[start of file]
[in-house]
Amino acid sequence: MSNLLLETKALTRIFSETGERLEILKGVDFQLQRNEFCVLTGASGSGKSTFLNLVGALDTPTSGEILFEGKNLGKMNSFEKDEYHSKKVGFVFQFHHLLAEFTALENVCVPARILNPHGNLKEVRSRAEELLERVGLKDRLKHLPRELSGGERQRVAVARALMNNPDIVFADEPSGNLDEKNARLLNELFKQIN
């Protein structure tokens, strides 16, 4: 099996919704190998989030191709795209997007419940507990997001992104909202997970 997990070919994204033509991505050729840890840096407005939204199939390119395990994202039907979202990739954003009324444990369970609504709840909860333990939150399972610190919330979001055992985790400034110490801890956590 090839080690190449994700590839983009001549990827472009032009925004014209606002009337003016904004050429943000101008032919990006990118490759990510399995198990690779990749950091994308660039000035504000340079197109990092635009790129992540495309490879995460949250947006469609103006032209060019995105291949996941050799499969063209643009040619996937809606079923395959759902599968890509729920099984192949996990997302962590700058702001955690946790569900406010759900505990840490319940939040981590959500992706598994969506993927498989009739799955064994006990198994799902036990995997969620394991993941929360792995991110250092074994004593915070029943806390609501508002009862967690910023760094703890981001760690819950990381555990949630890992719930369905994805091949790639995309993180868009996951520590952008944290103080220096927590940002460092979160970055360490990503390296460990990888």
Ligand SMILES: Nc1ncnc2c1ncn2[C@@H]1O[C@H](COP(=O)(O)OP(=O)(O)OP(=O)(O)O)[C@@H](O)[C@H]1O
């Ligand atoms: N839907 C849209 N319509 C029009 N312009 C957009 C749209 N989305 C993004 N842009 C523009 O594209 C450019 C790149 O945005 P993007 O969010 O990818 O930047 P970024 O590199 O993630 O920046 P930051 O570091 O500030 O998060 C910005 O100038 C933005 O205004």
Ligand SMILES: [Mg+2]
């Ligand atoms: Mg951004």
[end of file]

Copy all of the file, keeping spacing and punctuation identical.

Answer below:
[in-house]
Amino acid sequence: MSNLLLETKALTRIFSETGERLEILKGVDFQLQRNEFCVLTGASGSGKSTFLNLVGALDTPTSGEILFEGKNLGKMNSFEKDEYHSKKVGFVFQFHHLLAEFTALENVCVPARILNPHGNLKEVRSRAEELLERVGLKDRLKHLPRELSGGERQRVAVARALMNNPDIVFADEPSGNLDEKNARLLNELFKQIN
């Protein structure tokens, strides 16, 4: 099996919704190998989030191709795209997007419940507990997001992104909202997970 997990070919994204033509991505050729840890840096407005939204199939390119395990994202039907979202990739954003009324444990369970609504709840909860333990939150399972610190919330979001055992985790400034110490801890956590 090839080690190449994700590839983009001549990827472009032009925004014209606002009337003016904004050429943000101008032919990006990118490759990510399995198990690779990749950091994308660039000035504000340079197109990092635009790129992540495309490879995460949250947006469609103006032209060019995105291949996941050799499969063209643009040619996937809606079923395959759902599968890509729920099984192949996990997302962590700058702001955690946790569900406010759900505990840490319940939040981590959500992706598994969506993927498989009739799955064994006990198994799902036990995997969620394991993941929360792995991110250092074994004593915070029943806390609501508002009862967690910023760094703890981001760690819950990381555990949630890992719930369905994805091949790639995309993180868009996951520590952008944290103080220096927590940002460092979160970055360490990503390296460990990888």
Ligand SMILES: Nc1ncnc2c1ncn2[C@@H]1O[C@H](COP(=O)(O)OP(=O)(O)OP(=O)(O)O)[C@@H](O)[C@H]1O
């Ligand atoms: N839907 C849209 N319509 C029009 N312009 C957009 C749209 N989305 C993004 N842009 C523009 O594209 C450019 C790149 O945005 P993007 O969010 O990818 O930047 P970024 O590199 O993630 O920046 P930051 O570091 O500030 O998060 C910005 O100038 C933005 O205004």
Ligand SMILES: [Mg+2]
């Ligand atoms: Mg951004």